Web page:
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Topic: A Beginner's Supplies..  (Read 24586 times)
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« on: September 25, 2005 02:33:07 PM »

ok, so i'm totally new at beading, i've only made a couple single-strand necklaces. boring, i know. So, i was wondering, if i'm going to start making other cool stuff (multi-layered neckalces, dangly earrings, etc) what should i buy? toggles/clasps? spacers? what kind of wire/cord? beads everyone should have? what about jump rings & chain? head pins? ahhhhhh it's all a-whirl in my head.
« Reply #1 on: September 27, 2005 12:53:59 PM »

Can I hop onto your thread and ask if anyone knows of a place to find a bead spinner (do these actually work?) for less than $50?  Can I make one?
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« Reply #2 on: September 27, 2005 04:04:23 PM »

what's a bead spinner? & of course you can.
« Reply #3 on: September 28, 2005 04:30:36 AM »

Hi HardCandy63 --

If I were more-or-less just beginning to get into beading (and of course I was once, & I wish someone had suggested this to me) ...
FIRST I'd go to as many fairly large bead-seller websites as i could possibly find --  www.firemountaingems.com is just one of mannny online bead places -- and spend a few hours total *simply looking over* what-all there is out there. 

Then I'd sign up for a few catalogs from anywhere that offers them -- yep even if there's a small fee, although at several large places besides FMG the catalogs are free.

Before you start 'amassing' annnnything, you really really really do need to 'become familiar' with the gazillion different things that are available for beadstringing purposes, & particularly what's specially made to use with or to work with what.

~~ I do have just a few small tips from long personal experience too:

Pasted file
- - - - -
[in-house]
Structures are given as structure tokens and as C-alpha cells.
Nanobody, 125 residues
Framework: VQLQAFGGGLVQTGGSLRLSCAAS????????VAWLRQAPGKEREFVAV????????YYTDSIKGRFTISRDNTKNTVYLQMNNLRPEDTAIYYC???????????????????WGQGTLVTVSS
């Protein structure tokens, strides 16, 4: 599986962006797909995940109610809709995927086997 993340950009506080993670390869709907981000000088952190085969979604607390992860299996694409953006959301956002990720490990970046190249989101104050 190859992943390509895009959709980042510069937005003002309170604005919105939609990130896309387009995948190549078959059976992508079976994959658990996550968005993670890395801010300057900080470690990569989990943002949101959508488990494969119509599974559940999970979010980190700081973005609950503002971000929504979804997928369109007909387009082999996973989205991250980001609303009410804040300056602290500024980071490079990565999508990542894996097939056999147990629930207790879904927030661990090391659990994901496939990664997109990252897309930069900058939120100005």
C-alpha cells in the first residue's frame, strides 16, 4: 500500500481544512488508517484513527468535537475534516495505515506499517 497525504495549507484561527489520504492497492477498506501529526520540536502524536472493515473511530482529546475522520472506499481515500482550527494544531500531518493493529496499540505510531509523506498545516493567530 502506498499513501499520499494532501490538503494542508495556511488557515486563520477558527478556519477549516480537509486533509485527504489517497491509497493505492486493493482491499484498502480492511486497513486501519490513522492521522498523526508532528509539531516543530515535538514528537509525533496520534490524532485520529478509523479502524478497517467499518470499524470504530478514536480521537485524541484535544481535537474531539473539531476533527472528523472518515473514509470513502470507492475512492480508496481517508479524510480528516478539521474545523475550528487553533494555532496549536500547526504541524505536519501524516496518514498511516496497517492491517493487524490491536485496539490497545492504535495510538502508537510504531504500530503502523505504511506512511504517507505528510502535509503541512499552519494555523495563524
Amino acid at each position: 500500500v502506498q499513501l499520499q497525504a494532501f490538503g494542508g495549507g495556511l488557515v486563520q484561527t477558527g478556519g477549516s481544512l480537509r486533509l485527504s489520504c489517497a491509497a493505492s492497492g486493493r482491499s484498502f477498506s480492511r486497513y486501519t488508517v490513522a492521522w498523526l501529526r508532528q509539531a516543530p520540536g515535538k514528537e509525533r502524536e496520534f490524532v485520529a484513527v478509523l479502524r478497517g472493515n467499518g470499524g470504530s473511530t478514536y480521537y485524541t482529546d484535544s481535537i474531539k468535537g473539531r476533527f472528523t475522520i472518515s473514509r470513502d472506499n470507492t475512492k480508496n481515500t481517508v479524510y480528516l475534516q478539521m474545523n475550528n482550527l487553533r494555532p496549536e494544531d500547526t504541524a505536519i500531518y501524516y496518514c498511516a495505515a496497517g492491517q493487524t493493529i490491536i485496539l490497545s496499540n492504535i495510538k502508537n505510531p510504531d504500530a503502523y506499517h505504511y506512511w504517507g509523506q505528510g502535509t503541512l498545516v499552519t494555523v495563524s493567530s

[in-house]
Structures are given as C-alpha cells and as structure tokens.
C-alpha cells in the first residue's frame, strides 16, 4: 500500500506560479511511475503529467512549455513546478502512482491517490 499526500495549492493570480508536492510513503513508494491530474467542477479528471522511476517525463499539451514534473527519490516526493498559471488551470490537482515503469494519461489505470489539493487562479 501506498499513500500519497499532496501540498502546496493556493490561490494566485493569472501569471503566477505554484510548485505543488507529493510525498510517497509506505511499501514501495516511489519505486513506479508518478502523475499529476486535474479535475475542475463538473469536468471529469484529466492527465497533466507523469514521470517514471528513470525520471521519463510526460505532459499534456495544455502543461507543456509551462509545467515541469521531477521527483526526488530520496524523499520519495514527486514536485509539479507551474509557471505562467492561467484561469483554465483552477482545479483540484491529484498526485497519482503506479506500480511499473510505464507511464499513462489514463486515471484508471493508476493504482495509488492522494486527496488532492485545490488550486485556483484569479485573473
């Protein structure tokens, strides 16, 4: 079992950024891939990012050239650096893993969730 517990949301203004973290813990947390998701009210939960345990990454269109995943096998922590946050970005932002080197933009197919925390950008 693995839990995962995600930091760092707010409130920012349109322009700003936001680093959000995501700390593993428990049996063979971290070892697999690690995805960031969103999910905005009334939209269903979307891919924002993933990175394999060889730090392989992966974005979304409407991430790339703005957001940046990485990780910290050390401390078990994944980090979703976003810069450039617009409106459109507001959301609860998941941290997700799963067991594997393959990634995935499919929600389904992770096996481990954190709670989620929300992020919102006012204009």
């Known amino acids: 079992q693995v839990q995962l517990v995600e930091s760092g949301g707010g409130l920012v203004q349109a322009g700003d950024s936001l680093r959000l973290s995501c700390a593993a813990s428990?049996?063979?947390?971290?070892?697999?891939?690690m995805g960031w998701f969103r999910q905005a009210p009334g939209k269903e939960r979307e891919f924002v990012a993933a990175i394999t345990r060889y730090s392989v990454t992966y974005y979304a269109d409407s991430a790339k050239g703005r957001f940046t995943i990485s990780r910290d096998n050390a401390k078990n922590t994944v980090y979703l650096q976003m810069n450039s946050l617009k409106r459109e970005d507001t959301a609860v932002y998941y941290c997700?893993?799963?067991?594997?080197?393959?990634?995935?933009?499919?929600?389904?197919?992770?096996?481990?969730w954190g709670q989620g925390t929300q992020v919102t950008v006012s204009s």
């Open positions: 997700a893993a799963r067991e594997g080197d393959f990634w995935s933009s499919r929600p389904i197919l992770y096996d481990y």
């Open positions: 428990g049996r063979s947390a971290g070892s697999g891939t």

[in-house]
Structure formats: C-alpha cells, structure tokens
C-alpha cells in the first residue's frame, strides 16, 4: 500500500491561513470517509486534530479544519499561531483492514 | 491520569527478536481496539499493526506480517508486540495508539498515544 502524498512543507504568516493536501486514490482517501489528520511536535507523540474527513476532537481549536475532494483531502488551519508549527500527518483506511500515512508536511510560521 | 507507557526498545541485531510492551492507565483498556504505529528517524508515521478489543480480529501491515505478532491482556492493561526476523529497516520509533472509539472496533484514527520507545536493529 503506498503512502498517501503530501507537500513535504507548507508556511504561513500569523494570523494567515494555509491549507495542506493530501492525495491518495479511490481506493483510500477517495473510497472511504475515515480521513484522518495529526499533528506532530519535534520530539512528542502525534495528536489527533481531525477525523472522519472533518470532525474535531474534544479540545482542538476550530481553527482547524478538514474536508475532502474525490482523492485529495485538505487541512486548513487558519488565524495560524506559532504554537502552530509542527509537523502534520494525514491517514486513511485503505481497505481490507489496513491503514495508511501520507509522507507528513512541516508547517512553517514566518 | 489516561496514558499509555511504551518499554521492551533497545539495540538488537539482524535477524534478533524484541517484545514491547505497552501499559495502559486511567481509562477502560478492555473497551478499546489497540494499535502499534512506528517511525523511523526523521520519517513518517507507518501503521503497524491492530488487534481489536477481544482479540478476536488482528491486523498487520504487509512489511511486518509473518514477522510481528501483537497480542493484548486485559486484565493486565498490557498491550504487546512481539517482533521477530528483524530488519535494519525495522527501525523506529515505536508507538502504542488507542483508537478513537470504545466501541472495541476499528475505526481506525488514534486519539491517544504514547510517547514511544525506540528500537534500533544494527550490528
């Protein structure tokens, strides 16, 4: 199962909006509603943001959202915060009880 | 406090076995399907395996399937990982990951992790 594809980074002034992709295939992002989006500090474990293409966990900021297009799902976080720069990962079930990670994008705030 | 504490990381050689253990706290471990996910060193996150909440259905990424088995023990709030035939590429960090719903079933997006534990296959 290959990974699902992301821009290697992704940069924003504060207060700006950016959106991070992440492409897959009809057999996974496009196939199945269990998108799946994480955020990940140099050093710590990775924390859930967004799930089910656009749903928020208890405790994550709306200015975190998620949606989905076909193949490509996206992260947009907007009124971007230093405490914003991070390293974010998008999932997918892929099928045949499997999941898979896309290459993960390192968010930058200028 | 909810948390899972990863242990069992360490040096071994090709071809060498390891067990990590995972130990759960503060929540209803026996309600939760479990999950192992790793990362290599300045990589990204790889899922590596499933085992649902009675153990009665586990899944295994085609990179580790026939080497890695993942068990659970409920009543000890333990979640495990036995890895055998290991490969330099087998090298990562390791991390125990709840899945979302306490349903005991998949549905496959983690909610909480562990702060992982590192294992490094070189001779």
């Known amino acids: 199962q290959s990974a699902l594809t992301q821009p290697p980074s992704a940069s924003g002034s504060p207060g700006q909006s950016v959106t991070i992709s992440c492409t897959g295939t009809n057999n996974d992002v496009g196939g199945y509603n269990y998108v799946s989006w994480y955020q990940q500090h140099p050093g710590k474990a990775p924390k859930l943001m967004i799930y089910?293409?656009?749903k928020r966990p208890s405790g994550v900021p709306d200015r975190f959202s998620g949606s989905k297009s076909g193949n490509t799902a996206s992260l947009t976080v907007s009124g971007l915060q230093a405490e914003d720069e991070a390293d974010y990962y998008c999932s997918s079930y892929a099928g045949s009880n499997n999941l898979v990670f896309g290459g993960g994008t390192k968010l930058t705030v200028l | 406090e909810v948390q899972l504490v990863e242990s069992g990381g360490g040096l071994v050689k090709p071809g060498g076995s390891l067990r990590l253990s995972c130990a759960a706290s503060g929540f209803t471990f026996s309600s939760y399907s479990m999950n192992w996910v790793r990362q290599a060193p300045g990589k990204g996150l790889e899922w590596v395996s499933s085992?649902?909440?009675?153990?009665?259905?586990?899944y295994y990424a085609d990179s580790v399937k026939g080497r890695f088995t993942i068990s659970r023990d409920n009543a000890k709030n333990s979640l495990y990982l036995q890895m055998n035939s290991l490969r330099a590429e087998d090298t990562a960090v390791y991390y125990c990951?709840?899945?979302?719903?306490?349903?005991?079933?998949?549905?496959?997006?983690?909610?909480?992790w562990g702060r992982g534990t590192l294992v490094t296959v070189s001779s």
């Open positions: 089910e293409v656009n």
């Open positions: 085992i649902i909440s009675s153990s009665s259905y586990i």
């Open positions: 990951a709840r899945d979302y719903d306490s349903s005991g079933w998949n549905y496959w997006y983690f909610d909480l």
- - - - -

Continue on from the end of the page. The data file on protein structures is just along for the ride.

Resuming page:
[1] Definitely stick with a TRUE beading wire, such as SoftFlex/Soft Touch, or Accuflex (which FMG sells).
High-quality tru beading wire ain't exactly cheap, but for nearly all beadstringing purposes it's the easiest & also the most reliable thing you can possibly use.
 I believe you can even use Soft Touch with pearls, even if you want to do the traditional knotting in between each -- though pls don't quote me on that as I very seldom work with pearls myself.
[2] Definitely get a good crimp tool. In fact I'd suggest 1 regular size & 1 micro size, so you can decide which is better/easier for you.
Some bead places, such as FMG for one, cheerfully accept returns if you really don't think you'll use the othr size, but if I were you I'd keep 'em both.
Sure you can smash crimps with a plain ole pair of workshop pliers -- but creating a *proper* crimp that will work well & last well requires the specially designed crimp pliers.
[3] Definitely stick to sterling silver or 10k-14k crimp tubes. Okay again not the cheapest crimp tubes out there, but again, they're easier to work with & are far more reliable than base metal or plated metal.  And 'do' use crimp 'tubes' rather than the round ones called crimp beads.

~~ As for clasps, you just happened to hit upon a longtime personal favorite of mine... the toggle.
To me they're the easiest to work with as well as the easiest for the wearer to use (well, okay the've always been the easiest for ME as a wearer to use!).  Most of all I love the fact that it doesn't matter if a piece 'turns around' & clasp shows because the toggle clasp is actually a 'design element'.
However ... admittedly, much as I totally adore them, toggles may not be suitable for 'every single' piece you'll want to make ... so just remember that it's important to suit the clasp to the weight & the style of whatever you're designing or making.

Hi Godwin --

Personally I think bead spinners are a huge pain in the u-know-what (but then, I'm retired, so the time it might take to handstring little beads ain't nothing to me, lol) ...

but anyway here's a link to one way of making your own bead spinner :


« Last Edit: September 28, 2005 04:33:37 AM by Ayn » THIS ROCKS   Logged
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« Reply #4 on: October 02, 2005 08:10:18 AM »